E–mail: piokon [at] post [dot] pl



1. The education MediaWiki extension development page can be found at

2. A version of this tool developed by me is available at; another version developed by the Wikimedia Foundation is at

3. The page for such submissions is at; a guide on how to submit one's work is linked at the top of that page. A good handout is available at

4. On Wikipedia, all articles have “discussion pages” accessible through the discussion tab. They are also known as “talk pages”. You can read more about the discussion (talk) pages at and there is also a video tutorial at

5. A list of ambassadors with can be found at

6. For more on educational opportunities at Wikibooks, see

7. For more on educational opportunities at Wikinews, see

8. For more on educational opportunities at Wikimedia Commons, see

9. For more on educational opportunities at Wikiversity, see

10. A number of short case studies focusing on different student activities can be found at

11. Terms like stub and start are defined at

12. Available at Also, a revised, if more intimidating, version of the tool is at Using the CatScan tool you can create intersects between two categories, for example you can easily get a list of which articles in the “Sociology” category (or its subcategories) are also in the “Wikipedia articles with sourcing issues” cleanup category. To do so, you’d use the tool as described previously, but use the “for pages by category” search option instead of “for stubs”. Note, also, that CatScan will return only the first 1,000 entries (in alphabetical order). If you find this is not enough (as you may well do — in my test run, for the categories mentioned above, the 1,000 articles ended at D with the “Demographics of New York City” article), you may want to limit the category depth parameter (“with depth” parameter is checked as three by default, reduce it two two or one is likely to help). In my case, limiting both to two resulted in a more manageable list of 638 articles.

13. Available at

14. Keep in mind that students reviewing articles will generate reviews that are too brief and general; additionally, they will be biased toward giving only positive reviews to their classmates.

15. For a full timetable that I used in Fall 2011, see

16. For examples of “wikisyllabus”, see note 2.

17. This particular handout is available at

18. Did You Know articles written by student can be found at and

19. The Peer Reviewer tool can be found at

20. You can learn about those tools at and

21. In addition to the section on referencing in the Wikipedia Tutorial, a useful advice on referencing for beginners can be found at

22. Wikimedia Foundation has been working on a “WYSWIG” editor that would eliminate the need for editors to deal with code for several years. In Spring 2012, a beta version was announced and is available for testing at

23. An example of such “teaching through vandalism” can be read about in

24. For specific case studies, see (11 out of 27 student created articles deleted) and, (33 out of 70 articles deleted).



Naomi Augar, Ruth Raitman and Wanlei Zhou, 2005. “Employing wikis for online collaboration in the e–learning environment: Case study,” ICITA 2005: Third International Conference on Information Technology and Applications, volume 2, pp. 142–146.

M.R. Banaji, 2010. “Presidential column: Wikipedia is the encyclopedia that anybody can edit. But have you?” Observer, volume 23, number 10, at, accessed 10 July 2012.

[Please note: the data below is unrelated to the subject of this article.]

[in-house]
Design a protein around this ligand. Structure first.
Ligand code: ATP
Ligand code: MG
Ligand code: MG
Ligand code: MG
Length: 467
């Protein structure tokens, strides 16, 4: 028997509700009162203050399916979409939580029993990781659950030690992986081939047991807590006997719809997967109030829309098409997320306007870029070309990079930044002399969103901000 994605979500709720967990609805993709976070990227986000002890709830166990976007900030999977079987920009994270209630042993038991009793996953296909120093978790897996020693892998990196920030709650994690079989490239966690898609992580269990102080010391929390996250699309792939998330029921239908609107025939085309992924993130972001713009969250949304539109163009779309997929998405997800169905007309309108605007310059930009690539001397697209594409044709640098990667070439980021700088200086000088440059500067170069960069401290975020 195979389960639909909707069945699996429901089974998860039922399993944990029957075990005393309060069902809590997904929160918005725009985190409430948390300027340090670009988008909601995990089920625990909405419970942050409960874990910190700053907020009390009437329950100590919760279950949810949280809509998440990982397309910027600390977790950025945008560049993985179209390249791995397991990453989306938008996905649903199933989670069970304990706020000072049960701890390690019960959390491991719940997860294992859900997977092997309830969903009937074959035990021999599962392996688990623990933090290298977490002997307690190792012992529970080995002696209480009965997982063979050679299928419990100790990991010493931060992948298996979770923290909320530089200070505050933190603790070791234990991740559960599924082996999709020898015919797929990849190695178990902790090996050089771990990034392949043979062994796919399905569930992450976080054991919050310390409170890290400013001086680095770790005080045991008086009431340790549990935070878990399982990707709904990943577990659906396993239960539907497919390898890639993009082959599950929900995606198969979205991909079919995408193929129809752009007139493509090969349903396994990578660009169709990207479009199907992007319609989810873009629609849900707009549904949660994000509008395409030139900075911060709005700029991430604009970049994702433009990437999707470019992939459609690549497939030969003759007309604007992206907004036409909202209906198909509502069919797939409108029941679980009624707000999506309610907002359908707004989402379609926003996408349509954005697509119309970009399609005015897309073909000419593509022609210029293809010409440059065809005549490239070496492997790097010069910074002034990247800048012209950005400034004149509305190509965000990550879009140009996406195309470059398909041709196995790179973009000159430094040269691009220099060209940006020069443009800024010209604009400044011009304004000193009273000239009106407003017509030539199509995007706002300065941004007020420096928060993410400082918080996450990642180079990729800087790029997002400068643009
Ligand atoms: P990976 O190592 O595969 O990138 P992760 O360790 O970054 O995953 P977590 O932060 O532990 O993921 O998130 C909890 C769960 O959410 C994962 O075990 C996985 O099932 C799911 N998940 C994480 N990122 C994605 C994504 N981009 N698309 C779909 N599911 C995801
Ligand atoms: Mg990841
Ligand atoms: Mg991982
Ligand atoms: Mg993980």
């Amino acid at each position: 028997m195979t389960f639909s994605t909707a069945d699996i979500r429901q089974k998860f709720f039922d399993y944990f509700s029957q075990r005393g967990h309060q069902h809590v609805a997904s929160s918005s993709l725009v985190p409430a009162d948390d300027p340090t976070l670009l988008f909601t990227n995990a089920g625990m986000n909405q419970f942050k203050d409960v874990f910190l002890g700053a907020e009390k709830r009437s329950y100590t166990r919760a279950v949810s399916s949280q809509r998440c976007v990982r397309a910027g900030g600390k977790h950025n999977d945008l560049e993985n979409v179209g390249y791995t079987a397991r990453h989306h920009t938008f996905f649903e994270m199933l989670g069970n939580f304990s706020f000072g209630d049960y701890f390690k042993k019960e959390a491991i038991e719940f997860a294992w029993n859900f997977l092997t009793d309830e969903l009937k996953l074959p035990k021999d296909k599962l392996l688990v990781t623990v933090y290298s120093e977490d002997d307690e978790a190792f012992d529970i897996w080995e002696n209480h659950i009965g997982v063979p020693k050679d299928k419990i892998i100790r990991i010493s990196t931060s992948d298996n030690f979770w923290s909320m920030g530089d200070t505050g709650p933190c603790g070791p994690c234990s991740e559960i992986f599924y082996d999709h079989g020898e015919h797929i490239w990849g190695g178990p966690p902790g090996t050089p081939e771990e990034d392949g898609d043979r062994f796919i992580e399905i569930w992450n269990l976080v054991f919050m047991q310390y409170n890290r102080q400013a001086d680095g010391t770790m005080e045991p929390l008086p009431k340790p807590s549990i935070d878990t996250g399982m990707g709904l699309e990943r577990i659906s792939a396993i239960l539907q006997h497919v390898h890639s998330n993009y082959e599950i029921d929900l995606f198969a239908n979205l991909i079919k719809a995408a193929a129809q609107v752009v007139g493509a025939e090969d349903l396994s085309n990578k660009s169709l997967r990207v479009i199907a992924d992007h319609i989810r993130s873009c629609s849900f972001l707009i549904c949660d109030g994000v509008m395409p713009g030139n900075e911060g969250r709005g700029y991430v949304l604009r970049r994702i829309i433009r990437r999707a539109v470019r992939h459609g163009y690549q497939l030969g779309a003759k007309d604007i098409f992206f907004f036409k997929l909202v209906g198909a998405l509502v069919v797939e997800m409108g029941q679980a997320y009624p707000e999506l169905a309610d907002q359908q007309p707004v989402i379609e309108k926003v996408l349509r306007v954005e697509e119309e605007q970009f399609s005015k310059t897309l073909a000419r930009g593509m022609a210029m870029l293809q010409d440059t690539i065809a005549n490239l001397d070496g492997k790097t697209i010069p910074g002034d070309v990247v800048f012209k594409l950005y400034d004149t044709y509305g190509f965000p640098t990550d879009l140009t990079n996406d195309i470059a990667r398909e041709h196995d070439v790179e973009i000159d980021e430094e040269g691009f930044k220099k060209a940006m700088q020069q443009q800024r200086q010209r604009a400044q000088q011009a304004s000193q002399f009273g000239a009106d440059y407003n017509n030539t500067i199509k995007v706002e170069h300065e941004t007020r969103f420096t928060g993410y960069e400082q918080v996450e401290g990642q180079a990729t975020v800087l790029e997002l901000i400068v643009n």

Adrienne Brundage, 2008. “Texas A&M University Spring 2008 teaching assignment,”, accessed 10 July 2012.

Axel Bruns and Sal Humphreys, 2005. “Wikis in teaching and assessment: The M/Cyclopedia Project,” WikiSym ’05: Proceedings of the 2005 International symposium on Wikis, pp. 25–32.

Brian Burnsed, 2011. “Wikipedia gradually accepted in college classrooms,” U.S. News & World Report (20 June), at, accessed 10 July 2012.

Kristine L. Callis, Lindsey R. Christ, Julian Resasco, David W. Armitage, Jeremy D. Ash, Timothy T. Caughlin, Sharon F. Clemmensen, Stella M. Copeland, Timothy J. Fullman, Ryan L. Lynch, Charley Olson, Raya A. Pruner, Ernane H.M. Vieira–Neto, Raneve West–Singh and Emilio M. Bruna, 2009 “Improving Wikipedia: Educational opportunity and professional responsibility,” Trends in Ecology and Evolution, volume 24, number 4, pp. 177–179, and at, accessed 10 July 2012.

Thomas Chesney, 2006. “An empirical examination of Wikipedia’s credibility,” First Monday, volume 11, number 11, at, accessed 10 July 2012.

Robert E. Cummings, 2009a. “Are we ready to use Wikipedia to teach writing?” Inside Higher Ed (12 March), at, accessed 10 July 2012.

Robert E. Cummings, 2009b. Lazy virtues: Teaching writing in the age of Wikipedia. Nashville, Tenn.: Vanderbilt University Press.

Robert E. Cummings and Matt Barton (editors), 2008. Wiki writing: Collaborative learning in the college classroom. Ann Arbor, Mich.: Digital Culture Books.

Paige Chapman, 2010. “Professors shore up Wikipedia entries on public policy,” Chronicle of Higher Education (3 November), at, accessed 10 July 2012.

Weiqin Chen and Rolf Reber, 2011. “Writing Wikipedia articles as course assignment,” Proceedings of the 19th International Conference on Computers in Education, at, accessed 10 July 2012.

Zoe Corbyn, 2011. “Wikipedia wants more contributions from academics,” Guardian (28 March), at, accessed 10 July 2012.

Cory Doctorow, 2007. “Cory Doctorow’s USC COMM499 class to focus on Wikipedia editing,” at, accessed 10 July 2012.

Katherine Ehmann, Andrew Large and Jamshid Beheshti, 2008. “Collaboration in context: Comparing article evolution among subject disciplines in Wikipedia,” First Monday, volume 13, number 10, at, accessed 10 July 2012.